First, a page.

News Column

Officials: Snowden Did Not 'Cross the Russian Border'

June 25, 2013
Edward Snowden

Edward Snowden, wanted by the United States for leaking national secrets, has not crossed the Russian border, Russia's foreign minister said Tuesday.

"I want to say right away that we have nothing to do with Snowden, or with his attitude to the American legal system, or with his movements around the world," Sergei Lavrov told a news conference. "He chose his own route, and we found out about it -- like most people here -- from the media."

"He did not cross the Russian border," the foreign minister said.

Media reported Monday Snowden flew to Moscow's Sheremetyevo International Airport on Sunday but had gone no further than the transit area because he did not have a Russian visa, RIA Novosti reported. Staying in the transit zone of an airport does not constitute crossing the country's border.

Hong Kong's South China Morning Post reported Monday Snowden told it he specifically sought the job at U.S. defense contractor Booz Allen Hamilton Inc. so he could collect information about the NSA's secret surveillance programs to release to the news media.

"My position with Booz Allen Hamilton granted me access to lists of machines all over the world the NSA hacked," he said in a June 12 interview. "That is why I accepted that position about three months ago."

Snowden is under a U.S. federal indictment for stealing and leaking classified documents.

While Snowden, who admitted leaking data about the NSA's cellphone and Internet surveillance programs, remained out of sight, the war of words intensified between Washington and Beijing.

"The Chinese have emphasized the importance of building mutual trust," White House spokesman Jay Carney said Monday during a media briefing. "And we think that they have dealt that effort a serious setback. If we cannot count on them to honor their legal extradition obligations, then there is a problem."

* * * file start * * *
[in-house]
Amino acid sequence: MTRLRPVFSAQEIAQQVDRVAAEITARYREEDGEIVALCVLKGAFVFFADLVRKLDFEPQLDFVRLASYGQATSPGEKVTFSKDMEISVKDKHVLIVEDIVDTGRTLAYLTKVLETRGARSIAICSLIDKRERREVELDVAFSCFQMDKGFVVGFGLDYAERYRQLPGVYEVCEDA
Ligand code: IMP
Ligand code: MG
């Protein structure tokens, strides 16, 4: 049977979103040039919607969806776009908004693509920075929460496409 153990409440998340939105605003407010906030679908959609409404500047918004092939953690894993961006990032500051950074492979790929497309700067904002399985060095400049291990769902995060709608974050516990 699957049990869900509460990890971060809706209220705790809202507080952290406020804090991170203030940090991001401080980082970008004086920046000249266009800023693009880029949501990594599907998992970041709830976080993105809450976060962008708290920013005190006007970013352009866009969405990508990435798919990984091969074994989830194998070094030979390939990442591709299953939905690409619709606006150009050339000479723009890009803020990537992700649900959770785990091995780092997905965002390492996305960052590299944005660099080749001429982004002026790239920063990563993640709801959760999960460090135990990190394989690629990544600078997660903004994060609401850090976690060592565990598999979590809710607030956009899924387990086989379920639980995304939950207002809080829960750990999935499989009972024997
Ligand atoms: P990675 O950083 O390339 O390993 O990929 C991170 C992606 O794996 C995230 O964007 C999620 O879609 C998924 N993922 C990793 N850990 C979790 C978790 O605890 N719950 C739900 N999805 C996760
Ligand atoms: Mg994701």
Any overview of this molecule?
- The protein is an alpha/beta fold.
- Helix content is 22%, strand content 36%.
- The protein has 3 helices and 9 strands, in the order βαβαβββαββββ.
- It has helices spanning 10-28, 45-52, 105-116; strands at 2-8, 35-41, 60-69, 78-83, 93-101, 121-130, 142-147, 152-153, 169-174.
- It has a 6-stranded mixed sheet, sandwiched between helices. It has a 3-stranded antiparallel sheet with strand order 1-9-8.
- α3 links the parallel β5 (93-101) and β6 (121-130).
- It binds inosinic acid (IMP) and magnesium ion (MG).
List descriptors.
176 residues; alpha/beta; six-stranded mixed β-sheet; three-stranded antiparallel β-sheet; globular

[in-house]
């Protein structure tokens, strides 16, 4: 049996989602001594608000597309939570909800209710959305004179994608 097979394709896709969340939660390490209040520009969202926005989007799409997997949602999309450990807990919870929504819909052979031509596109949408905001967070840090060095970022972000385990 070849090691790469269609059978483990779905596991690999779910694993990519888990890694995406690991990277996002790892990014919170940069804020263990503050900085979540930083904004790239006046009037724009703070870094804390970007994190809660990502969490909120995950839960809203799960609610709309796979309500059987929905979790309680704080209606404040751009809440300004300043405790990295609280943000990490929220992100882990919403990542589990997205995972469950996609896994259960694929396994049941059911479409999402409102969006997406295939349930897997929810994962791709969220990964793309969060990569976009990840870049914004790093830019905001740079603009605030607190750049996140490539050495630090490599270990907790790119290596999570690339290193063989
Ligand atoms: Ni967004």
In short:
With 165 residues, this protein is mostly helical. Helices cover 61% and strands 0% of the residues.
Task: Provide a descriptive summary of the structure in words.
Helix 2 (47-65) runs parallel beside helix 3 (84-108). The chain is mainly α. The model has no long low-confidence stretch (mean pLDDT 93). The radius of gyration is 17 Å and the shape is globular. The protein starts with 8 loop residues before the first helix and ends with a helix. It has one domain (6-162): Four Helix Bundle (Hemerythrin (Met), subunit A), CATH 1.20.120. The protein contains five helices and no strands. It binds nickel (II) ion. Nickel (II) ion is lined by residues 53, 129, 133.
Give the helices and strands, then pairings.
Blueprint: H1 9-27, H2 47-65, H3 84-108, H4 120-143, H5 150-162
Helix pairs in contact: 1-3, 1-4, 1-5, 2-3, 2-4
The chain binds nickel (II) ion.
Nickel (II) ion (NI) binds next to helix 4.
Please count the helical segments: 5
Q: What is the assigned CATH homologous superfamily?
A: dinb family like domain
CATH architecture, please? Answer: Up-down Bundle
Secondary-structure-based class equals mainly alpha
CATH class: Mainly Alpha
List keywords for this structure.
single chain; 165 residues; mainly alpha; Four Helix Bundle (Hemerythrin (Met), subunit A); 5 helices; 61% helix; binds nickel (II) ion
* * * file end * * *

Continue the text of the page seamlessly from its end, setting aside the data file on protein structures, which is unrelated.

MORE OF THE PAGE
In Beijing, the People's Daily, the official newspaper of the highest authority within China's Communist Party, said Tuesday: "If Snowden had been a Chinese man, President Obama would certainly have invited him to a White House dinner. President Obama would have nominated him for the Nobel Peace Prize ... for defending freedom and human rights."

A separate commentary said Snowden's "fearlessness ... tore off Washington's self-righteous facade."

U.S. officials said talks were under way with Moscow, and U.S. officials believe the Kremlin was taking the matter "seriously."

"We have a strong law enforcement cooperative relationship with the Russians, and that relationship has resulted in that past in us returning criminals to Russia," Carney said Monday.

"We are expecting the Russians to examine the options available to them to expel Mr. Snowden for his return to the United States," he said.

U.S. Secretary of State John Kerry also called on Russia to expel Snowden.

"I would urge them to live by the standards of the law, because that's in the interest of everybody," Kerry said.

At the same time, Kerry mocked China and Russia as ironically inappropriate countries for Snowden to approach.

"I wonder if Mr. Snowden chose China and Russia as assistants in his flight from justice because they're such powerful bastions of Internet freedom," Kerry said during a stop in New Delhi.

A spokesman for Russian President Vladimir Putin said Monday questions about Snowden were handled by Russia's Foreign Ministry.

Officials in Ecuador said they were considering Snowden's application for asylum.

The United States is Ecuador's leading trading partner, accounting for nearly $11 billion, or 43 percent, of its exports, The Wall Street Journal reported.

A key U.S.-Ecuador trade preference measure expires next month. If Ecuador grants asylum to Snowden, U.S. lawmakers could retaliate by refusing to renew it, administration officials told the Journal.


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Source: Copyright UPI 2013


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